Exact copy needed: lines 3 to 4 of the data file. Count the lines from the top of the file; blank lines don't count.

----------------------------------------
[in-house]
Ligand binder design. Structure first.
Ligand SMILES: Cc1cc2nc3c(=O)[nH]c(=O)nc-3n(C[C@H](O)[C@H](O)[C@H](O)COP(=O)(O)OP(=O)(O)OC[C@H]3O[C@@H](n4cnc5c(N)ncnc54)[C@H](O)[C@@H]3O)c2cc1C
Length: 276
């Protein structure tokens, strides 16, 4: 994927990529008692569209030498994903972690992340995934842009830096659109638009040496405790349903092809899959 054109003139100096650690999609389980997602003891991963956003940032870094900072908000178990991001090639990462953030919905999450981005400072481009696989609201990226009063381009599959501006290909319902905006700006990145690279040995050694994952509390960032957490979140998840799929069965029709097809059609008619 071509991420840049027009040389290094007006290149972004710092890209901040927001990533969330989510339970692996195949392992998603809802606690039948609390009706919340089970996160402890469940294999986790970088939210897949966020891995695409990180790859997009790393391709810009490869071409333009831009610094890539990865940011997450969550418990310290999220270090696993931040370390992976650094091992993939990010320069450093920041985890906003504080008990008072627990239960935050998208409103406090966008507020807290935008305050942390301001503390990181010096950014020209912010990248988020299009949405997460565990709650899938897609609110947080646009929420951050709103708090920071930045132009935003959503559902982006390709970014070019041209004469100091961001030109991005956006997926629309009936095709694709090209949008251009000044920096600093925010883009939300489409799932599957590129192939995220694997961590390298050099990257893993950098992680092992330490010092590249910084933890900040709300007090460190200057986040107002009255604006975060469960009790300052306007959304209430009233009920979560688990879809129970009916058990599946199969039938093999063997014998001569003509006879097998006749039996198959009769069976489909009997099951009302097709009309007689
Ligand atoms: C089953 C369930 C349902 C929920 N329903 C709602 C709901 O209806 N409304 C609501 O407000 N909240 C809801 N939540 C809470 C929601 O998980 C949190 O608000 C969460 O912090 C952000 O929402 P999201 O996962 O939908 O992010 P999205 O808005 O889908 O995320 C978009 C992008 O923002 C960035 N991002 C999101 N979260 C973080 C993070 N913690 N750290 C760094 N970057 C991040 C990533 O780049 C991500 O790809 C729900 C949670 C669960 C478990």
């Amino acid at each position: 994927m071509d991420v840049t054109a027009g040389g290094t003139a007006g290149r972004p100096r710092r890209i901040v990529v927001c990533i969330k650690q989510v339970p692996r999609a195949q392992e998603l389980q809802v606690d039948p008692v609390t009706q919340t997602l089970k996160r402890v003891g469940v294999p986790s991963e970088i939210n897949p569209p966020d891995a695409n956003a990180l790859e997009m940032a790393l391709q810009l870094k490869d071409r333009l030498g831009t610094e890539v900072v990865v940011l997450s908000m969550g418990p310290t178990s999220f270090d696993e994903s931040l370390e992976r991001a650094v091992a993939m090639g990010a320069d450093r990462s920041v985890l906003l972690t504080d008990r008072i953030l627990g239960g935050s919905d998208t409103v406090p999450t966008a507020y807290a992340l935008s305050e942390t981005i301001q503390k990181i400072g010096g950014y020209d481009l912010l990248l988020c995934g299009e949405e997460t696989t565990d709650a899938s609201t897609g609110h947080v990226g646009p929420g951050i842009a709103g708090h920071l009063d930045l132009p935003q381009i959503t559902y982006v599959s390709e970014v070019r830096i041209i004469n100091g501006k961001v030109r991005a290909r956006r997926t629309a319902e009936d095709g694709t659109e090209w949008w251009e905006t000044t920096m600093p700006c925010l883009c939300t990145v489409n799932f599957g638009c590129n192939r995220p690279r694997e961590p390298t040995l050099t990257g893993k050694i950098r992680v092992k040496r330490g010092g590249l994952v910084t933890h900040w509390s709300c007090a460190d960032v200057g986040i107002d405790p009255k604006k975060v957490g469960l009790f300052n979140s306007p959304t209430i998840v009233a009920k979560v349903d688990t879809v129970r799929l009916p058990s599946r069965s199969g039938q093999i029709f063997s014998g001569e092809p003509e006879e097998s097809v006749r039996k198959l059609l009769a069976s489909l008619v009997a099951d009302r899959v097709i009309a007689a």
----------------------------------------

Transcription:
Ligand SMILES: Cc1cc2nc3c(=O)[nH]c(=O)nc-3n(C[C@H](O)[C@H](O)[C@H](O)COP(=O)(O)OP(=O)(O)OC[C@H]3O[C@@H](n4cnc5c(N)ncnc54)[C@H](O)[C@@H]3O)c2cc1C
Length: 276